A Corning woman was arrested in Dublin on suspicion of being involved in a refund fraud scheme last week, U.S. Attorney McGregor W. Scott announced.

The warrant was issued last week after a federal grand jury returned a 14-count superseding indictment against Sabrina Raylene Toilolo, 26, and her previously charged co-defendant Johnathon Ward, charging them on suspicion of conspiracy to commit wire fraud, wire fraud, and aggravated identity theft.

Toilolo and co-defendants Johnathon Ward, Monica Nunes, and Talalima Toilolo conspired to defraud financial institutions using a refund-fraud scheme. 

The indictment alleges the scheme caused at least $3.5 million in intended victim losses.

Nunes and Talalima Toilolo have pleaded guilty in the case and have been detained pending sentencing. Charges against Ward are pending.

Scott said the scheme exploited the refund process used by businesses and retail establishments to pay back customers for returns, reimbursements, and erroneous charges, state court documents. The defendants posed as merchants and executed fraudulent debit or credit card refunds, which caused the unauthorized transfer of money from a merchant bank account to an account under the defendants’ control.

Court documents reveal one of the suspects’ alleged victims is a business in Chico, Diamonds.

The defendants committed this scheme by stealing or purchasing point-of-sale terminals used by businesses to process bankcard transactions. The defendants programmed each terminal to make it appear as if it was authorized by a particular merchant, connected the terminals to payment processing intermediaries, and executed refund transactions even though no purchases had been made. The payment processors, falsely believing the terminals were authorized, approved the refunds and caused the merchants’ banks to transfer funds to the defendants’ accounts. The defendants then drained the stolen funds from the accounts.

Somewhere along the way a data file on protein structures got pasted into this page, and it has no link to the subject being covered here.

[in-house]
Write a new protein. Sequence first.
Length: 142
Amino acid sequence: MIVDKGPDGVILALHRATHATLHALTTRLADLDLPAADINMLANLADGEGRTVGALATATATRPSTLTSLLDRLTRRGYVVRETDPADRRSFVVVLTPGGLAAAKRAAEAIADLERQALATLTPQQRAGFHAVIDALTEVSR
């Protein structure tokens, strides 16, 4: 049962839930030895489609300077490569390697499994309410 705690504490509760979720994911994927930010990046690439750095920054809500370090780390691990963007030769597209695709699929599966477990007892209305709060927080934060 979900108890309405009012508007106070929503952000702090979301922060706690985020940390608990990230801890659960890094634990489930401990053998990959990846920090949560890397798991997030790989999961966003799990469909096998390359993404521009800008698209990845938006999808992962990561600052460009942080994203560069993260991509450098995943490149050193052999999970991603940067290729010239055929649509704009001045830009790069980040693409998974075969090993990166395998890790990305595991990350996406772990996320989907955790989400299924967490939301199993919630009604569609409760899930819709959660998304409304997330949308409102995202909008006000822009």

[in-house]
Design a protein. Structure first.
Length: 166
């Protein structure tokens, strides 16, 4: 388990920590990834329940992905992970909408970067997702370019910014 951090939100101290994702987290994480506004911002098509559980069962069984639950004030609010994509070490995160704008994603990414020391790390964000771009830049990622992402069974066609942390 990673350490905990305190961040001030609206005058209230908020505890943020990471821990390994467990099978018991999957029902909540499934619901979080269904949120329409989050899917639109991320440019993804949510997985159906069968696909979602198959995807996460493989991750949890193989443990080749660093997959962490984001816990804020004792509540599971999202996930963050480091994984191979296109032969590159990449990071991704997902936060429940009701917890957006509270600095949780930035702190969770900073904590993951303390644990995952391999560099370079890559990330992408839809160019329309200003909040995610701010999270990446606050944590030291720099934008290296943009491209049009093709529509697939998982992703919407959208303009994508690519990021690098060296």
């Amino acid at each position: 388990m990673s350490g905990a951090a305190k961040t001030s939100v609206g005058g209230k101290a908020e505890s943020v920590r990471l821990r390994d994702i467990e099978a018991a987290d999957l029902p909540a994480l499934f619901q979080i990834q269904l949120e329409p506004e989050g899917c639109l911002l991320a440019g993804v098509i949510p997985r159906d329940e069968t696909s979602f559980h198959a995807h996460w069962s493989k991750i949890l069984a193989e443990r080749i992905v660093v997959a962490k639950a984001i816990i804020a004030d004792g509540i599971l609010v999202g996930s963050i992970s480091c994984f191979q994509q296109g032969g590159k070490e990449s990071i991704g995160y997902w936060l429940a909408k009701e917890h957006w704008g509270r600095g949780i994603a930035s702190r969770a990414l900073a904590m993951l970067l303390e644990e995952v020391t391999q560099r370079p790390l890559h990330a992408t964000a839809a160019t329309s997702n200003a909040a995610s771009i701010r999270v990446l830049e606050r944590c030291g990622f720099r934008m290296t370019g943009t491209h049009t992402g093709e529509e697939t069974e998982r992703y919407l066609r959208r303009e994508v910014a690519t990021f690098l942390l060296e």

If convicted, Sabrina Toilolo faces a maximum statutory penalty of 20 years in prison and a $250,000 fine for each count of wire fraud and conspiracy to commit wire fraud. Additionally, if convicted of aggravated identity theft, she faces a mandatory two-year prison sentence, to be served consecutive to any other sentence, and an additional $250,000 fine. Any sentence, however, would be determined at the discretion of the court after consideration of any applicable statutory factors and the federal sentencing guidelines, which take into account a number of variables. 

This case is the product of an investigation by the Regional Enforcement Allied Computer Team (REACT) Task Force, which includes investigators from the Santa Clara County District Attorney’s Office, and the Federal Bureau of Investigation. Special Assistant U.S. Attorney Robert J. Artuz is prosecuting the case.

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